By Lindsay Tahan | email@example.com
To some, the Burmese pythons are slimy, perhaps even terrifying and somewhat mysterious creatures.
But to Jack Merwin, they are a thing of beauty. “Silent invaders of the Everglades – quiet killers from far away.”
That’s how he described the snakes in a poem.
“Masters of camouflage – embodiment of patience,” the 69-year-old psychologist wrote.
As much as Merwin admires the snakes, he knows they’re a nuisance in Florida and with that in mind, he took part in the 2016 Python Challenge on Jan. 16.
He and his team member Gabriel Pellicer, 31, captured and killed two big pythons. One measured 13-foot-1 and the other was 8-foot-4.
The largest of the snakes was a 95-pound female that had an empty stomach, but was full of eggs. The smaller snake was a male. Both of these Burmese pythons were captured within a quarter mile of Alligator Alley, the highway between Ft. Lauderdale and Naples.
“This is my first python hunt although I have a lifetime of experience hunting all sorts of critters, including alligators,” said Merwin, who has been nuisance alligator trapper for several years.
The Florida Fish and Wildlife Conservation Commission sponsored the Python Challenge.
According to the commission’s website, there has been an increase in sightings of Burmese pythons in south Florida since the 1980s. Burmese Pythons are native to India, China, the Malay Peninsula and some islands of the East Indies. When these nonvenomous snakes reach lengths of over 8 feet they become a top predator.
The commission says Burmese pythons or Python bivittatus can grow up to 26 feet in length. Females can lay about 30 to 40 eggs per year. These snakes can live more than 20 years in captivity. In Florida the average size of captured pythons is 8 to 10 feet.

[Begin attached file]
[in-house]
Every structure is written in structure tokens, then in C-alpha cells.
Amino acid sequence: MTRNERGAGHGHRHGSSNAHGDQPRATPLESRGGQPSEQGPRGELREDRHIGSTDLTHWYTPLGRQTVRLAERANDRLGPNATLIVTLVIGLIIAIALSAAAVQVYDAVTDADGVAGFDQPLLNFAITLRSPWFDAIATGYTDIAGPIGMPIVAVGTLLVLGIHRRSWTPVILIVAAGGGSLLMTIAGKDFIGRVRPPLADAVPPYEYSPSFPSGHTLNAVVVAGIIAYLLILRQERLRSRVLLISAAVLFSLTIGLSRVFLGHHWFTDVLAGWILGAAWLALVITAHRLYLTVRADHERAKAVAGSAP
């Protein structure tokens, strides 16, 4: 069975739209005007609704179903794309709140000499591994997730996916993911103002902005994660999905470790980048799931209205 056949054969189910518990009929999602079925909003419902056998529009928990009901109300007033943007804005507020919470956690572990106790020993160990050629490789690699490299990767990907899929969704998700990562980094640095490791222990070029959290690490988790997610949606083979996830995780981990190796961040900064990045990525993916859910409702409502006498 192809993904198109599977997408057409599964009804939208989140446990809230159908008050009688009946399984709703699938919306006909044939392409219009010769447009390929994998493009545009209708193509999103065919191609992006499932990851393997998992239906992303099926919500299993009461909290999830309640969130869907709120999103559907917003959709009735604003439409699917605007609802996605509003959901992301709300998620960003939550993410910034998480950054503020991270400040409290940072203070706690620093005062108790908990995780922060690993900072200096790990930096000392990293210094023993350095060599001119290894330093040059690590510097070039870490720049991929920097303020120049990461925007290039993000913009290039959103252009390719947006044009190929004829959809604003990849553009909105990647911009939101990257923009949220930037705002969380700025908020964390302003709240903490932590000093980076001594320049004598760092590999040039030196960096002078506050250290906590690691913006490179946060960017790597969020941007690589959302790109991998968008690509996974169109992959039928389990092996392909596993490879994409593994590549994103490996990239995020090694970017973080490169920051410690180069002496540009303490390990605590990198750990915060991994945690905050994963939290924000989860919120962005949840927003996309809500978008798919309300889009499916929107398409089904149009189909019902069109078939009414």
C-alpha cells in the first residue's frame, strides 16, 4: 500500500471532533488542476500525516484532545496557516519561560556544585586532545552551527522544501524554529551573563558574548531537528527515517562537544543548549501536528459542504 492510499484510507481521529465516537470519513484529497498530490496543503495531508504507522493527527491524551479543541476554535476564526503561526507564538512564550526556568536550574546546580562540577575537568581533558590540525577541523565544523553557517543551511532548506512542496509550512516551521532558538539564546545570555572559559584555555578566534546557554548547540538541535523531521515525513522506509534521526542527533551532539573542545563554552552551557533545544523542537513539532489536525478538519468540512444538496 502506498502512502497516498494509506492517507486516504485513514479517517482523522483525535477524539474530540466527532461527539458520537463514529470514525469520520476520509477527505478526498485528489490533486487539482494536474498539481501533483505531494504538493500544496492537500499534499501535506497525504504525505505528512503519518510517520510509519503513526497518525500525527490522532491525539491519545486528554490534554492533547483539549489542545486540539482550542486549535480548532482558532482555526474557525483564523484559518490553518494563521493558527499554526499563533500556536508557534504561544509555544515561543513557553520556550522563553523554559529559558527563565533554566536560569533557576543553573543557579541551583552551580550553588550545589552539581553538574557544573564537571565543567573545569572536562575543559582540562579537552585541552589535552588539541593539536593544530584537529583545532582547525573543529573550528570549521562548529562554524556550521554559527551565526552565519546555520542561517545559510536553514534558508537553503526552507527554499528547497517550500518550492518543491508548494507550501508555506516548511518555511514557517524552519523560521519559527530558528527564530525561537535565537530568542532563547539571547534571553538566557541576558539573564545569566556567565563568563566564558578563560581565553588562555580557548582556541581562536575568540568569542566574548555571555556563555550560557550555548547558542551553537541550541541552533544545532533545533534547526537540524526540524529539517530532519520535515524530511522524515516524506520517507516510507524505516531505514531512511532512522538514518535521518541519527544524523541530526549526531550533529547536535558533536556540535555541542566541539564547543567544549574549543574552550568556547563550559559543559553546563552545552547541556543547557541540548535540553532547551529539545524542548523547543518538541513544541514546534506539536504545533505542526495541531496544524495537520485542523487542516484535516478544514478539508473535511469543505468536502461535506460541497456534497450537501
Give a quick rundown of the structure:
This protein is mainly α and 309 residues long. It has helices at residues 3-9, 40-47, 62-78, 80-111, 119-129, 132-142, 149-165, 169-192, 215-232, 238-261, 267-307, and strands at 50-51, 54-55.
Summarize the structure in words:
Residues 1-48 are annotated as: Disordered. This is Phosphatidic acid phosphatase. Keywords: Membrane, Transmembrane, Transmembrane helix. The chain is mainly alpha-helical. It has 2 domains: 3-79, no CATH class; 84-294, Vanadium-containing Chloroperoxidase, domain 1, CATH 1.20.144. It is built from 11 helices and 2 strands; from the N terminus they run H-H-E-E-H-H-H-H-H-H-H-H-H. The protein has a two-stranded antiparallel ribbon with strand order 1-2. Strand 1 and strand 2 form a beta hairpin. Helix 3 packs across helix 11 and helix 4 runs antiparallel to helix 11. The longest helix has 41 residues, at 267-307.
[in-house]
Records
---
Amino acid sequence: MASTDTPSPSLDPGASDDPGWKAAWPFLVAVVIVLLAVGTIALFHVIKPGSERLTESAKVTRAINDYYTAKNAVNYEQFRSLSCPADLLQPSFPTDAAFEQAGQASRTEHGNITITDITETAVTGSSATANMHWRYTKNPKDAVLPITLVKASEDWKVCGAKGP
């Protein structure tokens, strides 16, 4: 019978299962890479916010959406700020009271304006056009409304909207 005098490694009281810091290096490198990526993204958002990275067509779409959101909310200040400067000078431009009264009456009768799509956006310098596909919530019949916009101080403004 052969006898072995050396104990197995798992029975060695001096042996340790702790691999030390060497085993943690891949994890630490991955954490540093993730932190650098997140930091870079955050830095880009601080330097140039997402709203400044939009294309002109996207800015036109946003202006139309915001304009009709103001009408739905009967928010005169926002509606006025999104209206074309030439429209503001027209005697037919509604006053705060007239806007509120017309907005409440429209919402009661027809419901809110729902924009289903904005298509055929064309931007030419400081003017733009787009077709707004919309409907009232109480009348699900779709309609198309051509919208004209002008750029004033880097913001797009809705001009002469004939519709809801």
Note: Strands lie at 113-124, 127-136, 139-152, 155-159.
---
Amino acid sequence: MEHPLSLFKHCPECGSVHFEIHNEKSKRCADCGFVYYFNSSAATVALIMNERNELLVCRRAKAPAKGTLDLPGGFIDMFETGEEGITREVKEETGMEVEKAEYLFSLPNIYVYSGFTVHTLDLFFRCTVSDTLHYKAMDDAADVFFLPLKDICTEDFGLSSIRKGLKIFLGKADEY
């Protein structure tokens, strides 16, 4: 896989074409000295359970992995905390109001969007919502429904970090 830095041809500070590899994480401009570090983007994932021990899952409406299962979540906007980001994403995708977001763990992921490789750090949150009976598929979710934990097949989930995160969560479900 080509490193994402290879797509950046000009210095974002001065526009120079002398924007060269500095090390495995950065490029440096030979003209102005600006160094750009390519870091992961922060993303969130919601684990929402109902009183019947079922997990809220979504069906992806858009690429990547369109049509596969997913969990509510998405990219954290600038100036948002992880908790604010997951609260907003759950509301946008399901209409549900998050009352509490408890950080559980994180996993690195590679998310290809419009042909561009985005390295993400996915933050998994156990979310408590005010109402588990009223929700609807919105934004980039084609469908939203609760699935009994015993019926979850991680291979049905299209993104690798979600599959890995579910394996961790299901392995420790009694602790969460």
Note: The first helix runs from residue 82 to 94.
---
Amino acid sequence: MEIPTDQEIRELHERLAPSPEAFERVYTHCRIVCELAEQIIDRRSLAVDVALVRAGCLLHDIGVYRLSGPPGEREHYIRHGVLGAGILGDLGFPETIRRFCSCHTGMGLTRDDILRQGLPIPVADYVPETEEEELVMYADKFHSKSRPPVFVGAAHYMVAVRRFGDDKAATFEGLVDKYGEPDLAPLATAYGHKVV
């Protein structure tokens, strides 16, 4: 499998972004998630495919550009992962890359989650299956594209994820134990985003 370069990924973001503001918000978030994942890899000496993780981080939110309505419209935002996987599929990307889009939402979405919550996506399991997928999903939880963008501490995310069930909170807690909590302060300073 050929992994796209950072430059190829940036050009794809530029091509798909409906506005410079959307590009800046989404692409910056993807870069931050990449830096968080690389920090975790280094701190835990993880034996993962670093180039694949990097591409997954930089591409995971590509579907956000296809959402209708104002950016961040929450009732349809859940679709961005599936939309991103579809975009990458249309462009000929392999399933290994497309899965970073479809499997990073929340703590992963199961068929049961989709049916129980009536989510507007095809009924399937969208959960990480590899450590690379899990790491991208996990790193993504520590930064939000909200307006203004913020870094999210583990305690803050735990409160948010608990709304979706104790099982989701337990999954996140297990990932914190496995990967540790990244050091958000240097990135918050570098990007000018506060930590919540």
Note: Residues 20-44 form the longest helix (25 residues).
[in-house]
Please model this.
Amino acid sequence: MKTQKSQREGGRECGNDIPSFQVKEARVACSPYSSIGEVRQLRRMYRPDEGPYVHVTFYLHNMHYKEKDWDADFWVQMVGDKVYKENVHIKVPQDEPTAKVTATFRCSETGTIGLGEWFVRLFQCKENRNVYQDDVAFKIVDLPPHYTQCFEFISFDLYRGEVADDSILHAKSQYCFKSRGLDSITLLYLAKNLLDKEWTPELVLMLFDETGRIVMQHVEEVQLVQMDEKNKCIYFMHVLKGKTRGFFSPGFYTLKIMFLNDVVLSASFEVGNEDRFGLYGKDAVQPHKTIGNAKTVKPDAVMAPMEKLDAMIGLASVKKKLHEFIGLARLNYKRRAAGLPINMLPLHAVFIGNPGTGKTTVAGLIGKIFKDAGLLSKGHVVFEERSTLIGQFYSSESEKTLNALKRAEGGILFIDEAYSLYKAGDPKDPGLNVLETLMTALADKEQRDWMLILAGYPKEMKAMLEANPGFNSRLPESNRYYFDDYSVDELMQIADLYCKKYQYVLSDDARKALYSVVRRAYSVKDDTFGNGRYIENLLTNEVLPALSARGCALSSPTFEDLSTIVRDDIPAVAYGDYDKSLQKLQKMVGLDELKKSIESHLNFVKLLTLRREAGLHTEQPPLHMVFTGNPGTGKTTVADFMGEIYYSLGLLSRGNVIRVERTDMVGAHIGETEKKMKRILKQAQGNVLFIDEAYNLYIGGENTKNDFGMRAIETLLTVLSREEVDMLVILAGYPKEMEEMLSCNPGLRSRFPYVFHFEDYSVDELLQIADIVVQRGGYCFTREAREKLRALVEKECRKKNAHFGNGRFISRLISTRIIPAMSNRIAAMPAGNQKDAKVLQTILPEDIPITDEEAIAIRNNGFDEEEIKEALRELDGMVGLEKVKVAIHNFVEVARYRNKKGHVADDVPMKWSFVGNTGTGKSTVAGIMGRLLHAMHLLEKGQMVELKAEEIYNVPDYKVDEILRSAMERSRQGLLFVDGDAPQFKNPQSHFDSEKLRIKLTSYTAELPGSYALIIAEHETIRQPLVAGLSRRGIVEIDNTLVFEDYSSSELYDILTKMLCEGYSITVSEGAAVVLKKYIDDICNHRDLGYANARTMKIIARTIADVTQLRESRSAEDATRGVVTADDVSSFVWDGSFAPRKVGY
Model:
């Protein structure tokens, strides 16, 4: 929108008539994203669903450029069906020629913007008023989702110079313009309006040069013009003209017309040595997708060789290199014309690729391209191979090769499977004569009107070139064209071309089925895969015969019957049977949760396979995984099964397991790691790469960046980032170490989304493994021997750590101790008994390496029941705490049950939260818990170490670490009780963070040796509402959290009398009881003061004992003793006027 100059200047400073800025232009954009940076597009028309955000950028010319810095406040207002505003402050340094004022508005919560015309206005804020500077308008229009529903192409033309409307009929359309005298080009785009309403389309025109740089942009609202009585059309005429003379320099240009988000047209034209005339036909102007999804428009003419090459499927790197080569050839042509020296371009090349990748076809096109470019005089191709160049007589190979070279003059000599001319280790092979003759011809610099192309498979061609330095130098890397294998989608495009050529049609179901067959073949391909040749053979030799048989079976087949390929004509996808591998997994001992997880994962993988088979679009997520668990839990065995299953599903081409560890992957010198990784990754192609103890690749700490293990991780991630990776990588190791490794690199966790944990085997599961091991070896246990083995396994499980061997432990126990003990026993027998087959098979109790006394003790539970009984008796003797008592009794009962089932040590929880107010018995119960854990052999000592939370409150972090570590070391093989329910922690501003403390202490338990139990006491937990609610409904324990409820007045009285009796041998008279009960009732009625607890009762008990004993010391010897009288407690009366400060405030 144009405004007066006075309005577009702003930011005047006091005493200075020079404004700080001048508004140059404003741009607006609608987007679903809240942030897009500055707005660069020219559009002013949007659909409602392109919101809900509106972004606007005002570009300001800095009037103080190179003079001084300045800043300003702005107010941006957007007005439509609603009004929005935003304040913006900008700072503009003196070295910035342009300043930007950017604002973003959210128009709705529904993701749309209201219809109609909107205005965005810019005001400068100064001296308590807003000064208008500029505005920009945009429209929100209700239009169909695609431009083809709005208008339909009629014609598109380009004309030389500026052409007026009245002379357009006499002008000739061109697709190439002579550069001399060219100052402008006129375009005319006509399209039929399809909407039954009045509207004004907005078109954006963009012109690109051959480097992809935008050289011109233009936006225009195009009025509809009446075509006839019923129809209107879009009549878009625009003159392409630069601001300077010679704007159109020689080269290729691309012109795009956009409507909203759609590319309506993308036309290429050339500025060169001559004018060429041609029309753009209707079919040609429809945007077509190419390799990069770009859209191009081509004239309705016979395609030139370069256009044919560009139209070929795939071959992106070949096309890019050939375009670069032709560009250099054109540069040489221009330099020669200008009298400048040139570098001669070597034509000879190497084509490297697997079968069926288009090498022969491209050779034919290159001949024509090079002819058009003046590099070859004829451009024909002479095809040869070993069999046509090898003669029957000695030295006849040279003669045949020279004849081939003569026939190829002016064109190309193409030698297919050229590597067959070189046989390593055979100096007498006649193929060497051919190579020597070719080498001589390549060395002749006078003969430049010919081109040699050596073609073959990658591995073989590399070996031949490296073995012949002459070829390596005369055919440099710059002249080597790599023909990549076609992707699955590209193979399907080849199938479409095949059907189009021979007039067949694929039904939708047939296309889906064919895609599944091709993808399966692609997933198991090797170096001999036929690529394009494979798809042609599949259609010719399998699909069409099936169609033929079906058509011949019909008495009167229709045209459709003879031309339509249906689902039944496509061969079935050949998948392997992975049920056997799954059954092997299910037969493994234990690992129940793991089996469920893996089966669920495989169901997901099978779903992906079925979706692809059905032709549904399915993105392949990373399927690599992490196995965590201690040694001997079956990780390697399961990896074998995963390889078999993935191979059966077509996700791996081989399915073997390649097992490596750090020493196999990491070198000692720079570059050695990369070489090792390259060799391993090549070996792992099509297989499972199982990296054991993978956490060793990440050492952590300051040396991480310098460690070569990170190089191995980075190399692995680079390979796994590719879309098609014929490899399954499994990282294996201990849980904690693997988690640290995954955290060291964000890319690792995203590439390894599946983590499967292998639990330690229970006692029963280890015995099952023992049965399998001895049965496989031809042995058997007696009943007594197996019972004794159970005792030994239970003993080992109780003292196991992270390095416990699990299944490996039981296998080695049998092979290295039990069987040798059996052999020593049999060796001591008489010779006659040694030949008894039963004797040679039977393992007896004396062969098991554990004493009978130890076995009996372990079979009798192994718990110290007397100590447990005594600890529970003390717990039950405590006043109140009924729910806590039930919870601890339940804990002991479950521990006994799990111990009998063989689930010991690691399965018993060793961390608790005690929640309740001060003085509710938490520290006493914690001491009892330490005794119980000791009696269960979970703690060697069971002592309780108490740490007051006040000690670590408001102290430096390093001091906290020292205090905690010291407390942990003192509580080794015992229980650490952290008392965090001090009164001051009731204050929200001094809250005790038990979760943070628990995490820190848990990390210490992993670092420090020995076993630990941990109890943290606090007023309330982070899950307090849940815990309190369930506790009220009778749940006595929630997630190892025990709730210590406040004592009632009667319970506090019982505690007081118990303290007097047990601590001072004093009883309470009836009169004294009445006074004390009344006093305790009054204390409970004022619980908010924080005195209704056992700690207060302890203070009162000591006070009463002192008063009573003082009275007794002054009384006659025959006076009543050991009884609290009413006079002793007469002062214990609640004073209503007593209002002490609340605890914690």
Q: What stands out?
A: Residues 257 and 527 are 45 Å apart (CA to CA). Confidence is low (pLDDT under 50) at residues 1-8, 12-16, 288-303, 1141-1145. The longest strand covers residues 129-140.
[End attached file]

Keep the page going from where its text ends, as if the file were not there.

“The largest python I know of being caught this year was farther south in the Everglades – it was caught by a state wildlife agent – 17 feet plus,” said Merwin.
The Python Challenge or the Burmese Python Removal Competition started in 2013 and this competition was the first since that time. This 2016 Python Challenge ‘s started on Jan. 16 through Feb. 14 at the Florida International University’s Nature Preserve at the University Modesto Maidique Campus in Miami.
According to the Python Challenge website, the purpose of this competition is to help protect the Everglades ecosystem and the animals by removing these invasive, nonnative Burmese pythons. Anyone who is 18 and older is welcome to participate in the challenge as an individual or as a team consisting of two to five members. Before registering, participants must complete an online training module or an in-person training session and pass the quiz with at least an 80 percent.
Registration fees range from $25 to $75.
To capture the pythons, participants can use snake hooks, snake bags, snake tongs and non-motorizes tools. However, chemicals, explosives, bait, tapes or motorized tools are not allowed.
“The capture technique calls for catching the snake by the tail to wear it down for a few minutes as it attempts to escape. You can then pin the head down with a stick and kill the snake with a bullet to the brain or similar cranial trauma,” said Merwin.
By Feb. 11, competitors had logged and processed 102 captured snakes. The competition ended on Feb. 14.
Some Burmese pythons that are removed from the Everglades contain levels of mercury that may be unsafe to ingest, but is not illegal to eat the snakes, according to the Python Challenge website. No suggests that participants eat the pythons.
Neither the Florida Department of Health nor the Florida Department of Agriculture and Consumer Services have declared that python meat is actually safe to eat, wildlife officials say.
After the snakes are killed, they are skinned. Participants can keep the snakeskins or sell them to local vendors.
Participants who kill the most and longest Burmese pythons captures win prizes ranging from $750 to $5000.
An award ceremony is scheduled to take place from 10 a.m. to 1 p.m. Feb. 27 at the Long Key Natural Area and Nature Center at 3501 SW 130th Ave, Davie, Florida.